But God’s coming to act on our behalf didn’t end there! Isaiah makes it clear who is coming: God himself. God came in a way that all would marvel who saw and believed. He came! He took on human flesh and came to his creation in the most personal way. Our God came in the flesh! Jesus is the one who fulfills this prophecy! He is the one who came with divine retribution, to destroy God’s enemies. Recall John the Baptizers description of Jesus “His winnowing fork is in his hand, and he will clear his threshing floor, gathering his wheat into the barn and burning up the chaff with unquenchable fire.” (Matthew 3:12) He is the one who fulfills this prophecy about brining miraculous healing! Isaiah said the Savior to come would come, “to open eyes that are blind, to free captives from prison and to release from the dungeon those who sit in darkness.” (Is 42:7) Jesus himself read from Isaiah and said, “I fulfill these words.” Just as foretold, the Messiah would come, “Then will the eyes of the blind be opened and the ears of the deaf unstopped.  Then will the lame leap like a deer, and the mute tongue shout for joy.” Recall how Jesus healed the leapers and the healed leaped for and shouted for joy as the Holy One of Israel healed and restored! The words of Isaiah had to echo in the minds of some who were in that crowd with Jesus as he healed the people, “Your God will come… your God will come.” God’s promise through Isaiah wasn’t empty! It was kept!

And his ultimate reason for coming still echoes around the world: “He will come to save you!” Jesus came into the world for this very reason, to save. When he came and lived as a man his mission was “not to condemn the world, but to save the world.” We needed salvation from the grave and the pits of hell. God’s divine justice for sin would not be set aside. Yet in his great love God would not just have the sinner die. Instead, he sent a Savior. He gave his Son to die in our place. And the Son of God came in human flesh, he came to save. His salvation came as he took our place on the cross. God’s divine vengeance on sin is no longer rests on us but is covered by Jesus. Our God came to save us!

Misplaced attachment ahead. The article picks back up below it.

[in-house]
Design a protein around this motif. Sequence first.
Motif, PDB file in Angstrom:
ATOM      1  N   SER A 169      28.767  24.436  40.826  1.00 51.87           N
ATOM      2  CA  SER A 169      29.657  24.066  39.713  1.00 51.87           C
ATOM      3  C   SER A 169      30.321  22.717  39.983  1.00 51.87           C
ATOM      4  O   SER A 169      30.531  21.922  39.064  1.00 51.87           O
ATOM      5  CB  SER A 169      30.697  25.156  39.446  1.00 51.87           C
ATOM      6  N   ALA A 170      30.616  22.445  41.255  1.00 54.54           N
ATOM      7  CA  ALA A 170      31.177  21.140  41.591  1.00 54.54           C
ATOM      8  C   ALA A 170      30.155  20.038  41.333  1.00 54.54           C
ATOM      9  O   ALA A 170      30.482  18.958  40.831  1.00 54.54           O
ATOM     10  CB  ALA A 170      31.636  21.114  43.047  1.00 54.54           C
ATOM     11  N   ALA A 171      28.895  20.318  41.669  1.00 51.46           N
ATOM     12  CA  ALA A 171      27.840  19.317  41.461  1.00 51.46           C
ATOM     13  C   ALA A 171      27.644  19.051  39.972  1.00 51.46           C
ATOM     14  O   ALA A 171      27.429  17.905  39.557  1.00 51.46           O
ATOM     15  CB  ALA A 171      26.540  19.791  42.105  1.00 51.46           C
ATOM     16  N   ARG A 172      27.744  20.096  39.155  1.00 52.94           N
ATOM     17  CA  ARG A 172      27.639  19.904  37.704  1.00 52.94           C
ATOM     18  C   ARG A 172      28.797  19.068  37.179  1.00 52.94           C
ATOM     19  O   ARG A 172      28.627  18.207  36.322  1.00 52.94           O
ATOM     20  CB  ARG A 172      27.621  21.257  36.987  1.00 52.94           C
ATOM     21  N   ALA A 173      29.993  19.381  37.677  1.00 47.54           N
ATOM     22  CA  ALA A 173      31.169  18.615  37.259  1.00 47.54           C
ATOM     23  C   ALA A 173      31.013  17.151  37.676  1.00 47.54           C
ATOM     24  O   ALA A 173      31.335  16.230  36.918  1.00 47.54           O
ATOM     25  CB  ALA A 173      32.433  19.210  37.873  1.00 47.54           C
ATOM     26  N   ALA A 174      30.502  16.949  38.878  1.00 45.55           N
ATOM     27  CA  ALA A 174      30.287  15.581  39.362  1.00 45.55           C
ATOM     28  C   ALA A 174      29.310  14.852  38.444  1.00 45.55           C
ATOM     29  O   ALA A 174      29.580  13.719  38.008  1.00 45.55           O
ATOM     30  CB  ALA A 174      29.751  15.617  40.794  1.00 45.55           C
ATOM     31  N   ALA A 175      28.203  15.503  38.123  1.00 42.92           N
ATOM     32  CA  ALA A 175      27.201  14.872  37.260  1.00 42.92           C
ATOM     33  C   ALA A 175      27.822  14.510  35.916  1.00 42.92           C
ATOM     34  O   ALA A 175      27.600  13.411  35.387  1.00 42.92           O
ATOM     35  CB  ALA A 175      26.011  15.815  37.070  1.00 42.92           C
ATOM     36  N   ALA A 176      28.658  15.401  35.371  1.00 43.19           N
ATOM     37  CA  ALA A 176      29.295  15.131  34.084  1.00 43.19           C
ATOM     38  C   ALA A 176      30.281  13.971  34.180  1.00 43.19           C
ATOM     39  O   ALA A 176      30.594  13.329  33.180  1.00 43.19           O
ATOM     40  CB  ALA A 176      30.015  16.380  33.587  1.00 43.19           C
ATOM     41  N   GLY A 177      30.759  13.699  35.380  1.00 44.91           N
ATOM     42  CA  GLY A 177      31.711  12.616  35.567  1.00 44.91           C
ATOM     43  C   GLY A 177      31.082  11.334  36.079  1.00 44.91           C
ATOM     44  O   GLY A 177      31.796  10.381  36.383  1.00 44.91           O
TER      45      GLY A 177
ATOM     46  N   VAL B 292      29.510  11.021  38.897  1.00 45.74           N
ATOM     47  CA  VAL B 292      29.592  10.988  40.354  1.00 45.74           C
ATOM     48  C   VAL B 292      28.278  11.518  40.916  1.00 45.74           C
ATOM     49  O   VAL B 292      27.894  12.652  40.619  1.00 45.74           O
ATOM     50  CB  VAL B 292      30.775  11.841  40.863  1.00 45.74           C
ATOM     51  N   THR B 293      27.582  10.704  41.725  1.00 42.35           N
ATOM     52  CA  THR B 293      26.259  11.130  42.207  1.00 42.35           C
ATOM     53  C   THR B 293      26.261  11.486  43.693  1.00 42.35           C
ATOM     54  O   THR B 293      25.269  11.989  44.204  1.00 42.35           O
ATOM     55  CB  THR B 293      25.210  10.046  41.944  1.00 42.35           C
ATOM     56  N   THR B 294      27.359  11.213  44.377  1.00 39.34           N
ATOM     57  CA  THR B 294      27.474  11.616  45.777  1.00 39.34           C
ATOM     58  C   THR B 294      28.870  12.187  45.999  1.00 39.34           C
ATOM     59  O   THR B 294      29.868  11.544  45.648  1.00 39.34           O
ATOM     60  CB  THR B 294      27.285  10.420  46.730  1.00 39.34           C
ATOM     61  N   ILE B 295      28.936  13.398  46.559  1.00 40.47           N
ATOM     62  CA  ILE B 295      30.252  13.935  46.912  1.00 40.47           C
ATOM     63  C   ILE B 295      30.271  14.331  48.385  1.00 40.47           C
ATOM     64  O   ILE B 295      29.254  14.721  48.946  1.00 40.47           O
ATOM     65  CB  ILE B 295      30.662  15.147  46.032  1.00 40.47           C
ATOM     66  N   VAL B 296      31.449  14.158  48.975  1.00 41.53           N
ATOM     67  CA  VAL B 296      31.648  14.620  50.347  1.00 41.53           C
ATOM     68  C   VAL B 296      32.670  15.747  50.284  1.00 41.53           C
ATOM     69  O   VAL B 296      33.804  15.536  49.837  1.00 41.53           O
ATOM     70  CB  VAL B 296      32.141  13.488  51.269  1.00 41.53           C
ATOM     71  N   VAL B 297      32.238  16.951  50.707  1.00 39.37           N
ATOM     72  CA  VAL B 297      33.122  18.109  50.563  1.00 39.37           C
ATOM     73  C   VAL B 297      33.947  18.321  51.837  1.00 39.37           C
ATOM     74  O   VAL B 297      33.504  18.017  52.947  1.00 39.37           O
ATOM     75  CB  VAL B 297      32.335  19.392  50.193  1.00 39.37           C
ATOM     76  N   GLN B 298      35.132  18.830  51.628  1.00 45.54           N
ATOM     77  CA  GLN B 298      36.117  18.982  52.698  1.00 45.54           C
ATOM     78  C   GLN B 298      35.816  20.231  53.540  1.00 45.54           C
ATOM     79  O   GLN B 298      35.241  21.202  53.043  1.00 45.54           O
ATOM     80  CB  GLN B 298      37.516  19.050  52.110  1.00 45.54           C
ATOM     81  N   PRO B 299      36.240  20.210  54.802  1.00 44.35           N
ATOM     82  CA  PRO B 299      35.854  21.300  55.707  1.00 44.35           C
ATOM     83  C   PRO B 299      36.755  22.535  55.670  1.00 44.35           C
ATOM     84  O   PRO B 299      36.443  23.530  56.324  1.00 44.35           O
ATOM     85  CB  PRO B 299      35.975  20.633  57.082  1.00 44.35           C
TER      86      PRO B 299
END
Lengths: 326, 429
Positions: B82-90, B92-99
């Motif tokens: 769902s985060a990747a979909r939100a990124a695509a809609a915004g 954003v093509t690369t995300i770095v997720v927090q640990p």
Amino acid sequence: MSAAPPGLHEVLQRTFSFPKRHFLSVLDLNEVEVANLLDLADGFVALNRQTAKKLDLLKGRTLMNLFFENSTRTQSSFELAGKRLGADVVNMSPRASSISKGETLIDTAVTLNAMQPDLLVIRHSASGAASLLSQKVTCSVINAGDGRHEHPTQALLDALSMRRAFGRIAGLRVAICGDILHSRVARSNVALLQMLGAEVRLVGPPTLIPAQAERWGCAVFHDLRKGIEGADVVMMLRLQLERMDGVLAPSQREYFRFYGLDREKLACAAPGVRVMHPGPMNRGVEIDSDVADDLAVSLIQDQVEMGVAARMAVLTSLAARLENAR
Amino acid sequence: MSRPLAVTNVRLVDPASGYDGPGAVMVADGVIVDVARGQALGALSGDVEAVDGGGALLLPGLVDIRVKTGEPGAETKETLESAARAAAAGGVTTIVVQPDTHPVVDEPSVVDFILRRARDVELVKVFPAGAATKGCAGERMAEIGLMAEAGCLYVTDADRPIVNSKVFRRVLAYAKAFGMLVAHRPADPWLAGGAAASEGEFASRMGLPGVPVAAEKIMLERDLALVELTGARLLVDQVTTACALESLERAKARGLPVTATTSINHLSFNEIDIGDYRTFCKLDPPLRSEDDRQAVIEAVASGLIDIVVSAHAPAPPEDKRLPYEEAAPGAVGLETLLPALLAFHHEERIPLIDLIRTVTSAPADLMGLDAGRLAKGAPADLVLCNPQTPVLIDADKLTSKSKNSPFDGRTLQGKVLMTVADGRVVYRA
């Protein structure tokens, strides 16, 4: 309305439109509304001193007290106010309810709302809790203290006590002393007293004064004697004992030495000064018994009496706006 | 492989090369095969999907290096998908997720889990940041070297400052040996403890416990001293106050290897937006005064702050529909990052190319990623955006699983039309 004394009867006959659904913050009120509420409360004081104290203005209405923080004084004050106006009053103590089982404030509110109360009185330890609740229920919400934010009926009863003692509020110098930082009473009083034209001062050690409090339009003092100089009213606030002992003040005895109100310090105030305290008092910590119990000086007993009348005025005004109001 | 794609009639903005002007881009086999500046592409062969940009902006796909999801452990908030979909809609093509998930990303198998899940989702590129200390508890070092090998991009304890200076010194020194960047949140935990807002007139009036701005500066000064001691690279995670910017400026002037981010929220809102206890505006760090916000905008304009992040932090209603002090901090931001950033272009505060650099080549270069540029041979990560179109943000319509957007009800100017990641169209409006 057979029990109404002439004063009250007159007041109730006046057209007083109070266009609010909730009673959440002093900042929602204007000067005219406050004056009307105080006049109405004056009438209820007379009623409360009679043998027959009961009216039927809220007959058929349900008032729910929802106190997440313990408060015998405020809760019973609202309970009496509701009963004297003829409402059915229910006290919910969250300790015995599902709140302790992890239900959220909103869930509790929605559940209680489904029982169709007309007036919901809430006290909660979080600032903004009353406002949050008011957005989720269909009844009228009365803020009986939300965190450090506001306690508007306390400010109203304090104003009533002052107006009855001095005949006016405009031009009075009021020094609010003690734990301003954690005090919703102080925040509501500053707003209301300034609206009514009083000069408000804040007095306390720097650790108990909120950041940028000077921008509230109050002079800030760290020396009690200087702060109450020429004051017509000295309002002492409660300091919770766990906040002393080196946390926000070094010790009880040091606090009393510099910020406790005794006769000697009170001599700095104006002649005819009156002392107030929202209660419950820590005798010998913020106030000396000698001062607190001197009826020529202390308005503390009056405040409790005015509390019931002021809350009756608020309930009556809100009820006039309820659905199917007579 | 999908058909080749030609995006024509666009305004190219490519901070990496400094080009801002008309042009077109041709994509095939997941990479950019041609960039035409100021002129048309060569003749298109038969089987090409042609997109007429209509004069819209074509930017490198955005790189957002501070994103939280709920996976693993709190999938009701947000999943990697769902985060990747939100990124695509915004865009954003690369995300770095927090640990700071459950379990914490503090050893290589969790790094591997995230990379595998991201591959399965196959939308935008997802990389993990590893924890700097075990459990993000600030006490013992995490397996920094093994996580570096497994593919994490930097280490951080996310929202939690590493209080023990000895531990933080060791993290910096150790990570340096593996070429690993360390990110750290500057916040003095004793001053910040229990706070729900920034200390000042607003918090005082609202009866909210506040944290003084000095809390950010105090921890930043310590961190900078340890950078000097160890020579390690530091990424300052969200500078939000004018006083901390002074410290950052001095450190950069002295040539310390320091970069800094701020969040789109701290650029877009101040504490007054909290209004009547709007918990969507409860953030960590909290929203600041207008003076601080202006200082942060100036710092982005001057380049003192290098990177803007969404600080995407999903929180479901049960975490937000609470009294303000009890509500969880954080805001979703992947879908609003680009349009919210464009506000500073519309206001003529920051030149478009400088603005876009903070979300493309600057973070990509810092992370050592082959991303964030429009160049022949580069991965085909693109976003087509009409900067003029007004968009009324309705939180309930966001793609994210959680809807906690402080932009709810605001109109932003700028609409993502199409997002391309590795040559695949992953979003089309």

And he will come again! He now lives victorious. He is ruling over all things on his throne. And he promised to come again to save us! The living Jesus declared victory over all his enemies. This includes Satan and all demons and all who strive against the church. So, we confess, “He will come again to judge the living and the dead.” God’s divine justice will be carried out and all we will be able to do is stand and marvel at the mercy of our God who pardoned all our sins for the sake of Jesus!